Kithul Jaggery

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Kithul Jaggery is made of treacle harvested off the variety of Palm by the name of Caryota urens. This is a species of flowering plant in the palm family from the Indian Subcontinent and Southeast Asia where they grow in fields and rainforest clearings.
Code: P1-0801
Categories: Processed Food Items, Products
The epithet urens is Latin for "stinging" alluding to the chemicals in the fruit. They are commonly called solitary fishtail palm, toddy palm, wine palm, jaggery palm.

To make jaggery, the kithul sap needs to be boiled passing the point which produces treacle. Then the sap is put in to coconut shells to make the unique shape. Jaggery is used a sweetener and flavor enhancer in certain food and drinks.

Sri Lankans have been harvesting this endemic kithul tree for jaggery since centuries ago. The palm is mentioned in numerous historical records including the Ummagga Jathaka. The islanders learned early that they could harvest the flow of sugary sap, called thelijja in Sinhalese, in the floret and boil it down into a delicious treacle or jaggery (hakuru in Sinhalese).

They refined the art of making jaggery that they were able to prepare five different varieties of the sweet: sudu (white) hakuru, a rare, soft and sweet pale jaggery made of refined sap; the rock-like wax or iti hakuru, prepared with slightly fermented sap; madol hakuru, which is soft and easily soluble; the grainy weli hakuru, traditionally prepared by pouring treacle into a pouch made of areca nut leaves and drying it over a fireplace, and the very common kithul hakuru, infused with subtle woody and smoky flavours. Kithul jaggery is a food fit for royalty.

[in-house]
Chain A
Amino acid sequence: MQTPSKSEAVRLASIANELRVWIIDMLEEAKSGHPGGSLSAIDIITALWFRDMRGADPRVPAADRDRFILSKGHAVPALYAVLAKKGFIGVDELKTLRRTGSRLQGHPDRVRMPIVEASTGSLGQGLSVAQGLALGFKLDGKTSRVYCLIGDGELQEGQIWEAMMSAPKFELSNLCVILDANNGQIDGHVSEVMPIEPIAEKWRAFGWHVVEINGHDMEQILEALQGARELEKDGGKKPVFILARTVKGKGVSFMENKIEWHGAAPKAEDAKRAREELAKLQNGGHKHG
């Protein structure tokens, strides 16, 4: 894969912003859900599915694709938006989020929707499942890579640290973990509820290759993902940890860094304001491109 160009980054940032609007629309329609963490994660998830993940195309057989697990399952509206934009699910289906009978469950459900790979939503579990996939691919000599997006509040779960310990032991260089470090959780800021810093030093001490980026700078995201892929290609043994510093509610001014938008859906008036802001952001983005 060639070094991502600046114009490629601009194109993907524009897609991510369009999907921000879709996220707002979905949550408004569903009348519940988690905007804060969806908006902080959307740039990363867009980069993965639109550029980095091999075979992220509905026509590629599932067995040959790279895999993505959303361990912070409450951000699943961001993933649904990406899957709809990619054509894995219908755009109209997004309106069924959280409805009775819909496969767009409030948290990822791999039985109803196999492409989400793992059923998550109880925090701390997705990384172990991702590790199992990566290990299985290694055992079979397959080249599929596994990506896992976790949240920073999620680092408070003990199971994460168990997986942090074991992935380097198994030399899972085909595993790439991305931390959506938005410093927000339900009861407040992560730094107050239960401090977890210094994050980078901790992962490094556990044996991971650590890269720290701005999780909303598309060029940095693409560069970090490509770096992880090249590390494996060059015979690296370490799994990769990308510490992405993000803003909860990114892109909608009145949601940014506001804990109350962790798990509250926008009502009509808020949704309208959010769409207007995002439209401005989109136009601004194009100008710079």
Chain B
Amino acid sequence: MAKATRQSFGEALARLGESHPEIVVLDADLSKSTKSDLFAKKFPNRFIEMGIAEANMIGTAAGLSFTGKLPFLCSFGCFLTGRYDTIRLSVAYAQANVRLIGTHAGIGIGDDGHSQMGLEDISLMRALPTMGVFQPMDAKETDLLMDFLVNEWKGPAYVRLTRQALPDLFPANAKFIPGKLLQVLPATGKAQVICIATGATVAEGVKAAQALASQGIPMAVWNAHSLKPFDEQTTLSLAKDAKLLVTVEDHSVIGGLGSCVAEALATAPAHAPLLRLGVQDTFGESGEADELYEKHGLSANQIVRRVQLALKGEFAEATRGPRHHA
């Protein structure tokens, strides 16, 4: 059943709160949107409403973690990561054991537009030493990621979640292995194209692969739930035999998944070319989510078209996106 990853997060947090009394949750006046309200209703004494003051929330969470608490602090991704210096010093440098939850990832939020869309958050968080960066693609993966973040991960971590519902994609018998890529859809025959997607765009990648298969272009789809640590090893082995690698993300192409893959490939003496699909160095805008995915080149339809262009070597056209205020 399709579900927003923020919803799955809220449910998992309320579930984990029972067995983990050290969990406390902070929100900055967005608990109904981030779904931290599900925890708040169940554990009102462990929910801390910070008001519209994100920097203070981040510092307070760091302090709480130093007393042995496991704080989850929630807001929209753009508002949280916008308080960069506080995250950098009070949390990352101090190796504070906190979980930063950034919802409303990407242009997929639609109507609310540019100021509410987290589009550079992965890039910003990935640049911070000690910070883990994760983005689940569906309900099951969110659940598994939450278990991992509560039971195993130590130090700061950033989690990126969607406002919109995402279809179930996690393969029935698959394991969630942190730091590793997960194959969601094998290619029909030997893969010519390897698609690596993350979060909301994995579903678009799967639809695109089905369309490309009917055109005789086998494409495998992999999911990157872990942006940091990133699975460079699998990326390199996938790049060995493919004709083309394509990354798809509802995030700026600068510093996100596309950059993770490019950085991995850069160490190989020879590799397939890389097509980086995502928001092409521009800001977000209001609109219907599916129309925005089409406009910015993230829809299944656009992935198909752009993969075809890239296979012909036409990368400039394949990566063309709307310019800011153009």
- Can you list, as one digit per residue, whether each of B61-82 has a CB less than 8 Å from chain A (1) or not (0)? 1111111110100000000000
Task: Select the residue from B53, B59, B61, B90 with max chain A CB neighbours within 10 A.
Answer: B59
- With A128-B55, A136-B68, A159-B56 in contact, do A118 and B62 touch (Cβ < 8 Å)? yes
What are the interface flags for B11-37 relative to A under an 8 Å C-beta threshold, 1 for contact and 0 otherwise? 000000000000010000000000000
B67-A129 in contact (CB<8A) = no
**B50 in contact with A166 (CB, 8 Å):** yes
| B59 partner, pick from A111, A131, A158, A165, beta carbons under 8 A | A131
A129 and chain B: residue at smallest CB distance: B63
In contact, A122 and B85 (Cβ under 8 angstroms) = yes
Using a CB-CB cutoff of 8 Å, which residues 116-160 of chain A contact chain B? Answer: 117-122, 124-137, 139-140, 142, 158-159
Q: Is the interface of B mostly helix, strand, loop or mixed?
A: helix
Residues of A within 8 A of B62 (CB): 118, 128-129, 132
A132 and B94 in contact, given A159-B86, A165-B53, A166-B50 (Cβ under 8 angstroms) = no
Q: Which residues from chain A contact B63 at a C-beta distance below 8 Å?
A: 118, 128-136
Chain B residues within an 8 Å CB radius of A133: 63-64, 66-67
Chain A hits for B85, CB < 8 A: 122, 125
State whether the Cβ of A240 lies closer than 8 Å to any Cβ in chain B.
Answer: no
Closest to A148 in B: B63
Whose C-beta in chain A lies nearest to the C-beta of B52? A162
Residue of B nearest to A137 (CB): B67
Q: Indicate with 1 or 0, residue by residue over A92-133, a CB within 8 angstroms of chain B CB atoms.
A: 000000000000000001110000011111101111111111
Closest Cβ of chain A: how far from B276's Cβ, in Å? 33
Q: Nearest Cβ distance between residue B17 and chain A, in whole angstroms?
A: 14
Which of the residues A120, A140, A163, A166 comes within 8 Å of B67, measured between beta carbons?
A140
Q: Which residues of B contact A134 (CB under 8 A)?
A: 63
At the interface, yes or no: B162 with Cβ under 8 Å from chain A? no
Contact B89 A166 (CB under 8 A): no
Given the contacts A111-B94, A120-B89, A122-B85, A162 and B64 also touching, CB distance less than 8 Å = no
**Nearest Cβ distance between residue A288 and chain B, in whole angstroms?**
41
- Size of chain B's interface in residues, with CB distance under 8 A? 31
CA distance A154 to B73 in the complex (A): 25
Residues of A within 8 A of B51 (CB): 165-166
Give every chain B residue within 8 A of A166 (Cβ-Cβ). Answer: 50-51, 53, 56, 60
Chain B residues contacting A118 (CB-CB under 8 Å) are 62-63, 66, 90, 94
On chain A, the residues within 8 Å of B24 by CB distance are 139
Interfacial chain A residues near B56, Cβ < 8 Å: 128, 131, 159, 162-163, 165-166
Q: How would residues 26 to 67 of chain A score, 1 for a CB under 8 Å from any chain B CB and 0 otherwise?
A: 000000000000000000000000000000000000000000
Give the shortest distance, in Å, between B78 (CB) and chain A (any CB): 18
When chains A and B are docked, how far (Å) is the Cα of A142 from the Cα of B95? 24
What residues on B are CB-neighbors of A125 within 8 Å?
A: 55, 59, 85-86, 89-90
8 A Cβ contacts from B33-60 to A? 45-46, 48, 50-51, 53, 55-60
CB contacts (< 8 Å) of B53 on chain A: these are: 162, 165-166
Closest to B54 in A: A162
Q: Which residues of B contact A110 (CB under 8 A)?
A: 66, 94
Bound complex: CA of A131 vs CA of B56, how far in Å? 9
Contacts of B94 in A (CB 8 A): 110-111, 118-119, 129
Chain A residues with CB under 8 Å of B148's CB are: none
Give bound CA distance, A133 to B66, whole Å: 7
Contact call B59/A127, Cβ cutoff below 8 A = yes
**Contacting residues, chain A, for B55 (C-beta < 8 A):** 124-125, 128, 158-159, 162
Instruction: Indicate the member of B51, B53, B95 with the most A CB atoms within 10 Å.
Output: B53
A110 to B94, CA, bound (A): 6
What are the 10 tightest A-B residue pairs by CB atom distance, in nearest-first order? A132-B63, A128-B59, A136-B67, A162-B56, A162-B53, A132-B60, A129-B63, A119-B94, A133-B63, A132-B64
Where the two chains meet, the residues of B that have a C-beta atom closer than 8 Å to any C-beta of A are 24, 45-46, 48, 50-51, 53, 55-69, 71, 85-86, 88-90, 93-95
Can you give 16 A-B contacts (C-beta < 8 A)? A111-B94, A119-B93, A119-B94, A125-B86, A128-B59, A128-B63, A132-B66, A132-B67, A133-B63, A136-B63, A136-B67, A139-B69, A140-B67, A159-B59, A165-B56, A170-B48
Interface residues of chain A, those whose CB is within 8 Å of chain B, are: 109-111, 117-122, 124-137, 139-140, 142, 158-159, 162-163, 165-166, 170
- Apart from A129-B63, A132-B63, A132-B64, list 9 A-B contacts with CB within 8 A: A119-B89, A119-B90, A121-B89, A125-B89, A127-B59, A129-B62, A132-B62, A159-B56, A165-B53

Kithul jaggery is the sweetener of Sri Lankan gastronomy. It is kithul jaggery and no other that takes pride of place as the perfect sweet accompaniment to the auspicious dish of milk rice on festive occasions. It is the sugar substitute to be nibbled on with a cup of herbal tea, the sweetener with congee and the honey in the rich dessert wattalappam. More recently, it has become the flavour of modern sweet treats like cake and ice cream, available in large supermarket chains and confectionery stores.


Sri Lanka's indigenous system of medicine - Ayurveda - treats kithul jaggery as a very rich food, which can make you gain weight in a healthy way. Ayurveda posits that if you are thin and weak, you will gain weight by eating kithul jaggery, but never gain weight in excess. Rich in calcium, minerals, salts and fiber, this sweet is slower to digest, thus it doesn't provide the rush of energy that refined sugar delivers. Like its South American counterpart, panela, it is said to be a source of iron and vitamins.

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